By Kianna Williams, SBA Intramurals Director
Law Review/ILJ news: New boards & symposium
By Lindsey Cherpes
The Courtroom is my Playfield: Moot Court news
By Varun Sabharwal, Entertainment Editor
Law meets fiction: Batman oral arguments, student publishes novel
By Sara Gold, Editor-in-Chief
Health in Law School
By Brandon Birungi-Sengendo, Managing Editor
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We’re excited to present our biggest Commentary edition yet, along with our new Editorial Board for 2019-2020! Be sure to check out our new Staff Page.


PROFESSOR POLL: Which CWSL professor would be the most likely to survive a zombie apocalypse? Find out what the faculty had to say, and then vote for your choice!

Exam Preparation: Nick Ahadzadeh and Ryan Stygar share their advice for smart studying and self-care during exams.

The Commentary 2017-2019: Fun facts and history of the online Commentary

Health in Law School

Campus News

Fate of Environmental Law Classes Uncertain — Students can sign a petition to reinstate environmental law curriculum

Moot Court News — This trimester, more than 20 students competed against other law schools in trial, appellate, and alternative dispute resolution competitions

Law Review/ILJ News — Cal Western’s law journals hosted a successful and impactful symposium on immigration law and policy


Law Meets Fiction: Ching-Yun Li and Claudia Salinas defended Arkham Asylum in a Batman-themed oral argument, & Ryan Stygar just published his third novel!

Fun After Finals — Jennifer Brown reviews her favorite local speakeasies around San Diego


Basketball Intramurals — The championship game ended in a 55-54 final score. Find out which team won!

Francis Carlota on the Kneeling Controversy — Colin Kaepernick was unfairly ousted from the NFL due to his symbolic protest of racial injustices

Best of luck on finals everyone! It has been our pleasure to serve the California Western community this year, and we look forward to your continued participation and support next year!

Sara Gold, Editor-in-Chief (2017-2019);
Tandis Taghavi, Editor-in-Chief (2018-present) & Parsa Nozzari, Editor-in-Chief (2019-present)


Students (and zombies, if you’ve read our zombie apocalypse poll)! Feeling a little tired? Need a little rush? PERFECT, now you can get a shot… Wait what?

Starting tonight, April 10, 2019, there will be evening and weekend coffee service available in the 350 building through April 19th!

Enjoy & good luck on finals 


From Sara Gold — The Commentary 2017-present

Dear Readers:

The Commentary has published 90 articles and has had over 16,000 site views since we went online in Fall 2017.

Thank you for reading and supporting The Commentary these past two years! The Commentary, which started at CWSL in 1973 as a print newspaper, entered a new era when we created the first-ever Commentary website in the Fall of 2017.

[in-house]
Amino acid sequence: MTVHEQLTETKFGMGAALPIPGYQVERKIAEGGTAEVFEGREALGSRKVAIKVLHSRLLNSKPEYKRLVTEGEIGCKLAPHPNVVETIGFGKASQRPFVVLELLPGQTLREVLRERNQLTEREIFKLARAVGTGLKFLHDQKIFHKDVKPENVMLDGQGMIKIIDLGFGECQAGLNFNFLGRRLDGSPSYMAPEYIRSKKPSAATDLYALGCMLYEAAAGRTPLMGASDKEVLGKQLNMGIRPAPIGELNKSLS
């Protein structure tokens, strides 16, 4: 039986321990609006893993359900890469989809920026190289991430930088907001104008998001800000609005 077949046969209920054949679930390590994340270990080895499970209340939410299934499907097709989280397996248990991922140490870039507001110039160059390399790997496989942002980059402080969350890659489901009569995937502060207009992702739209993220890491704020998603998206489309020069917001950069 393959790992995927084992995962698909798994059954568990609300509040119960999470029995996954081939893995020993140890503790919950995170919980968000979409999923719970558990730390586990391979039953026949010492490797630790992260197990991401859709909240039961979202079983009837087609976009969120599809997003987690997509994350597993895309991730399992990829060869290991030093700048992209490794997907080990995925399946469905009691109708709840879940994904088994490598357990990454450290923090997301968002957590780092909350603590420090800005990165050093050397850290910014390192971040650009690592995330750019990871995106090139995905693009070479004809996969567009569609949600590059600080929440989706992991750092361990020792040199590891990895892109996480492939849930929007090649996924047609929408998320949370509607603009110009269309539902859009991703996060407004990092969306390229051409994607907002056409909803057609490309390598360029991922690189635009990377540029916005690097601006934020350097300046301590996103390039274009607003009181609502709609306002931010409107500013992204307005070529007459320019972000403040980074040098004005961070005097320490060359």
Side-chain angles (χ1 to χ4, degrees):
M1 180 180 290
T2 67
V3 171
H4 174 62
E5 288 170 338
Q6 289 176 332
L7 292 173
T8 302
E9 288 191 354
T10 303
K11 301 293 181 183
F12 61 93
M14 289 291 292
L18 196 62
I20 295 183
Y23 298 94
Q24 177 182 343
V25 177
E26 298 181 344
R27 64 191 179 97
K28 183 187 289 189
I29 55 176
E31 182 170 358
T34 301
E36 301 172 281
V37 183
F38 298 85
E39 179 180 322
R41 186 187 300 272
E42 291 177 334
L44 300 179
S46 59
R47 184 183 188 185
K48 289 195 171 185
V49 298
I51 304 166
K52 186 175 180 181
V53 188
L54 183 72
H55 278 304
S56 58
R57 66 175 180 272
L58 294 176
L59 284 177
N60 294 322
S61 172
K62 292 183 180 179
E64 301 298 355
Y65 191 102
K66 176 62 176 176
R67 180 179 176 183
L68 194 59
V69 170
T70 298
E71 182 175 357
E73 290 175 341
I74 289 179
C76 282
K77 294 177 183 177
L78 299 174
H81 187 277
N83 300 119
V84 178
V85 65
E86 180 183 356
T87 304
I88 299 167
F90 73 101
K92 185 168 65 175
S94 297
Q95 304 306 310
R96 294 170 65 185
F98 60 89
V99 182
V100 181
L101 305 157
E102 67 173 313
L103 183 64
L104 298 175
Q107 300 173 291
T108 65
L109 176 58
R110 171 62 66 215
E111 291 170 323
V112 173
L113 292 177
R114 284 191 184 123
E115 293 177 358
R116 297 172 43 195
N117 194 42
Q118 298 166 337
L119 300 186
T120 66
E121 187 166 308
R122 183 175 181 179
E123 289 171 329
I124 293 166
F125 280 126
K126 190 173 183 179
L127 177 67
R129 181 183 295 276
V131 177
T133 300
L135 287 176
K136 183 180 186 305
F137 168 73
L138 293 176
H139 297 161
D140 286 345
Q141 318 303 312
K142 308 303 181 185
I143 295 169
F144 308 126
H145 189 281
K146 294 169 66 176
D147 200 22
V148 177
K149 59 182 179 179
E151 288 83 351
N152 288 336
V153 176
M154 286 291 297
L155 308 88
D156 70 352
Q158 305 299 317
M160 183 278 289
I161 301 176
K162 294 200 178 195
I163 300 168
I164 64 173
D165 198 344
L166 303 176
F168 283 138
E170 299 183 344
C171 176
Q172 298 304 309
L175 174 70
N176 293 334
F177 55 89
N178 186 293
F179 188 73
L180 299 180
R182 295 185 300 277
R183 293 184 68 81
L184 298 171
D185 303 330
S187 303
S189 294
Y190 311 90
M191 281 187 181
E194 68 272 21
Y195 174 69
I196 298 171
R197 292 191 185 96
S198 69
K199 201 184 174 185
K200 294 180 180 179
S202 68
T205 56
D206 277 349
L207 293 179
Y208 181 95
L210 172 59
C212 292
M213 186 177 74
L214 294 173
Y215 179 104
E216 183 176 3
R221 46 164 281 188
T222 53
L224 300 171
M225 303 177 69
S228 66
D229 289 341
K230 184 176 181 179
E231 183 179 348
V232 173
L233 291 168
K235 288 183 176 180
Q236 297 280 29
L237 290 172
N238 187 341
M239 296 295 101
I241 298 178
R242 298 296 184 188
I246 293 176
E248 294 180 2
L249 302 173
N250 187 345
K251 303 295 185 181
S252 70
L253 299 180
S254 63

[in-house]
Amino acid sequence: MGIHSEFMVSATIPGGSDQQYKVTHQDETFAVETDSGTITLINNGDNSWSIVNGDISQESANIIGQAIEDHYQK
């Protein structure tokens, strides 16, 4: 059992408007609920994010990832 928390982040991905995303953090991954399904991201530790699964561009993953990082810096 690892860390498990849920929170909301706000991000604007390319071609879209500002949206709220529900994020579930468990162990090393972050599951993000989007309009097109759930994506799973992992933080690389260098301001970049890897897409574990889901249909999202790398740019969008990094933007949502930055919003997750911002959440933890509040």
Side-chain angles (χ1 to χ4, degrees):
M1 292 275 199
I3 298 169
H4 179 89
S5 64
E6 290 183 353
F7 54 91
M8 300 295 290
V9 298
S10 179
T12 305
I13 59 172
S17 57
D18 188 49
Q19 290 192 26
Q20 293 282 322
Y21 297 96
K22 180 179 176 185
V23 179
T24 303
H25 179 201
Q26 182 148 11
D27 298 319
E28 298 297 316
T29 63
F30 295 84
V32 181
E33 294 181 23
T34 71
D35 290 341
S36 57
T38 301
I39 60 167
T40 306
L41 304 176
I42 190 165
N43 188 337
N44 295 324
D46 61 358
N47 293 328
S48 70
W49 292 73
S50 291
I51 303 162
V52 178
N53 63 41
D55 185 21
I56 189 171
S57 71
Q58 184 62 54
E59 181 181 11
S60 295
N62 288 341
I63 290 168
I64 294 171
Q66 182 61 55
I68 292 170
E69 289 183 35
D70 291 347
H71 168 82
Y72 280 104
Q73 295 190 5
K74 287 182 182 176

At the very beginning, we were truly a blank slate. We had no writers and no content — just an empty website with endless possibilities. And over time, those possibilities became realized. That started with our very first edition in November 2017, in which we were able to celebrate New Media Rights’ ten-year anniversary and the California Innocence Project’s exoneration of wrongfully convicted prisoners.

We had 5,800 site views during year one, and since then, that number has tripled!!! Admittedly, probably at least 1,000 of those views were from me proofreading the site obsessively. But at least a few of them were from a lovely woman who will be attending Cal Western in the fall as a 1L. I met her at the new students’ reception held a few weeks ago. Without knowing my involvement with The Commentary, she said she eagerly reads each new edition and that reading The Commentary made her excited to attend school here. This was the most amazing thing to hear. Further, it made me realize how valuable student journalism is in capturing the essence of what makes Cal Western such a special place, and preserving that impression as a legacy for future students and the larger legal community.

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Health in Law School

By Brandon Birungi-Sengendo, Managing Editor

It’s April and for a lot us, whether we are 1Ls about to finish our first year in law school or 3Ls about to graduate, we are not in the same physical or mental shape as we were prior to law school. I am willing to admit that personally one of the biggest lows of my 1L year has been the realization of exactly how much weight I’ve gained over the course of it, putting me at the heaviest I’ve ever been. Now, don’t get me wrong — this is not an article to blame the institution of law school, as my choices are my own and I know there are people who have maintained a healthy lifestyle during the semester or even became healthier during that time. But I am going to be addressing the culture that seems to be in law schools all across the country.

The culture I am referring to is this “Pain is temporary, GPA is forever” mindset where we as students are willing to sacrifice our emotional, mental, and physical health for the sake of good grades. We will justify it by saying everything in law school is only temporary and after we graduate we can undo all of this. But let’s ask ourselves, how many of us have seen our classmates, friends, and even ourselves develop some form of health issue? How many of us have developed some form of depression or mental health due to prolonged stress? How many of us have developed some form of substance abuse during our time in law school?